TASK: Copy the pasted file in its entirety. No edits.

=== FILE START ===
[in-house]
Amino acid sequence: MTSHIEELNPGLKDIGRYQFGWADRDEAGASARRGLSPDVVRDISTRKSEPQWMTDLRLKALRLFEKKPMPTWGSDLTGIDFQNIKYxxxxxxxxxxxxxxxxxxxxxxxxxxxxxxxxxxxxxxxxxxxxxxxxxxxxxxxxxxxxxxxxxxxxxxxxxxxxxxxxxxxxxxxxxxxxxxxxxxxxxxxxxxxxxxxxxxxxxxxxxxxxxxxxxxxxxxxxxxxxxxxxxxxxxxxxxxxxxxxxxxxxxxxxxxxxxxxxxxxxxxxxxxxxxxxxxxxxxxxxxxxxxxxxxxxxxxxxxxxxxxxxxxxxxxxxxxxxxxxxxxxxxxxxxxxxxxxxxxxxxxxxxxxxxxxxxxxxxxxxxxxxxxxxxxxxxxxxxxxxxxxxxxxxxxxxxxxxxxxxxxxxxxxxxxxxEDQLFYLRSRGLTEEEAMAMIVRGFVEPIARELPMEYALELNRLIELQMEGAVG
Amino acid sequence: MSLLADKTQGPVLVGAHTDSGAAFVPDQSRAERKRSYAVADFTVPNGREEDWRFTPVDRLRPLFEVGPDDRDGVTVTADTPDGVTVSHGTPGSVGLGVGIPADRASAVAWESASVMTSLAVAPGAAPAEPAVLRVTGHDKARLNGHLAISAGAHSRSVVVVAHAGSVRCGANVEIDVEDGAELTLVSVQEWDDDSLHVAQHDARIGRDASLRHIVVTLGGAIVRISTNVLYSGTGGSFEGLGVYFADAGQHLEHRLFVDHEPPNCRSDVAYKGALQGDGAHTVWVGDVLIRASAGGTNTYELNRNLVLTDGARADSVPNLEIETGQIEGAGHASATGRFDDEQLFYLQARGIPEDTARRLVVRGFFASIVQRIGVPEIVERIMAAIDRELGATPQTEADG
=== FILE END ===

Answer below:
[in-house]
Amino acid sequence: MTSHIEELNPGLKDIGRYQFGWADRDEAGASARRGLSPDVVRDISTRKSEPQWMTDLRLKALRLFEKKPMPTWGSDLTGIDFQNIKYxxxxxxxxxxxxxxxxxxxxxxxxxxxxxxxxxxxxxxxxxxxxxxxxxxxxxxxxxxxxxxxxxxxxxxxxxxxxxxxxxxxxxxxxxxxxxxxxxxxxxxxxxxxxxxxxxxxxxxxxxxxxxxxxxxxxxxxxxxxxxxxxxxxxxxxxxxxxxxxxxxxxxxxxxxxxxxxxxxxxxxxxxxxxxxxxxxxxxxxxxxxxxxxxxxxxxxxxxxxxxxxxxxxxxxxxxxxxxxxxxxxxxxxxxxxxxxxxxxxxxxxxxxxxxxxxxxxxxxxxxxxxxxxxxxxxxxxxxxxxxxxxxxxxxxxxxxxxxxxxxxxxxxxxxxxxEDQLFYLRSRGLTEEEAMAMIVRGFVEPIARELPMEYALELNRLIELQMEGAVG
Amino acid sequence: MSLLADKTQGPVLVGAHTDSGAAFVPDQSRAERKRSYAVADFTVPNGREEDWRFTPVDRLRPLFEVGPDDRDGVTVTADTPDGVTVSHGTPGSVGLGVGIPADRASAVAWESASVMTSLAVAPGAAPAEPAVLRVTGHDKARLNGHLAISAGAHSRSVVVVAHAGSVRCGANVEIDVEDGAELTLVSVQEWDDDSLHVAQHDARIGRDASLRHIVVTLGGAIVRISTNVLYSGTGGSFEGLGVYFADAGQHLEHRLFVDHEPPNCRSDVAYKGALQGDGAHTVWVGDVLIRASAGGTNTYELNRNLVLTDGARADSVPNLEIETGQIEGAGHASATGRFDDEQLFYLQARGIPEDTARRLVVRGFFASIVQRIGVPEIVERIMAAIDRELGATPQTEADG